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The premise of freediving is simple – divers start at the water’s surface using only a single breath to sustain themselves deep into the abyss. But at depths approaching 100 metres, they risk losing consciousness and blacking out. Roughly 40 people die each year during freediving attempts, but the world record holder William Trubridge has trained himself to block out worst-case scenarios during his dives so that he can keep pushing deeper. Nicolas Rossier’s profile of Trubridge, One Breath, is a compelling look at the human impulse to test limits, even in the face of extreme risk.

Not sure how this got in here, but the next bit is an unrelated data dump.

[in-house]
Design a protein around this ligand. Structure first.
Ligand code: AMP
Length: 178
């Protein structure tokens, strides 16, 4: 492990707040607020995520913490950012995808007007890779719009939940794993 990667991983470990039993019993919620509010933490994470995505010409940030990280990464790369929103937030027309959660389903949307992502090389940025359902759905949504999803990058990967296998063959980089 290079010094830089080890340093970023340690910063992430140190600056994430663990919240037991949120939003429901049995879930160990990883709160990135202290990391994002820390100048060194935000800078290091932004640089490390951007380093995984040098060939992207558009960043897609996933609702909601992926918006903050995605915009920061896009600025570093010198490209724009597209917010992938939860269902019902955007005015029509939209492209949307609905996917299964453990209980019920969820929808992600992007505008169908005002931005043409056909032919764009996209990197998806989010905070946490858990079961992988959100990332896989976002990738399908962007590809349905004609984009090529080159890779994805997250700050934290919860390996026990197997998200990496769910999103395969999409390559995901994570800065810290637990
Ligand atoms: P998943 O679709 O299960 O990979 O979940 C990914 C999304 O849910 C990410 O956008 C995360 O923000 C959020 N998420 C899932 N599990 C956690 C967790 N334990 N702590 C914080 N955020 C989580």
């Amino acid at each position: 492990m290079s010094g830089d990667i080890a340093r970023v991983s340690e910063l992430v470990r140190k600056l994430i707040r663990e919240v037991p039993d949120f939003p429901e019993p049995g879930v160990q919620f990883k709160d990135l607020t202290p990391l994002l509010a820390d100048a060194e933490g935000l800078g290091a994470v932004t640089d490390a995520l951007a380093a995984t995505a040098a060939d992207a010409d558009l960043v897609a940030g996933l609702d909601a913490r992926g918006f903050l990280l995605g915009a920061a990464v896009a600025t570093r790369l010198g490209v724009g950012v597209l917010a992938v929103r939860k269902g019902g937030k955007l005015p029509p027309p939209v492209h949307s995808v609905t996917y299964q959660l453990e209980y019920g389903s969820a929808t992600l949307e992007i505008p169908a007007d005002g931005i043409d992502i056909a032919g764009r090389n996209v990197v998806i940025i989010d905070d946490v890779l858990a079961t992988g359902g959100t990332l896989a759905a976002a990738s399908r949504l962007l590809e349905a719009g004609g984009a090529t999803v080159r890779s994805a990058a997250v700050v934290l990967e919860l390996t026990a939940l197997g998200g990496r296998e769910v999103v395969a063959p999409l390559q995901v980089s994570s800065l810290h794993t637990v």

Producer and Director: Nicolas Rossier
Living off-grid on a remote Scottish island is a mix of rejection and acceptance
Film and visual culture
At the movies with Pauline Kael – in the arthouse cinema where she got her start
Mood and emotion
‘Let me dream you into my reality’: memories illuminate an unthinkable isolation
Journey deep into the Philippine forest in search of the world’s largest, rarest eagle
What does an AI make of what it sees in a contemporary art museum?
Wesley wants to solve the rooftop mystery – but does he have what it takes?
Rituals and celebrations
From roaring fire and molten glass an artist creates a healing ritual
Ecology and environmental sciences
Producing food while restoring the planet – a glimpse of farming in the future
From zero to 5,000 – music and visuals express 30 years of exoplanet discoveries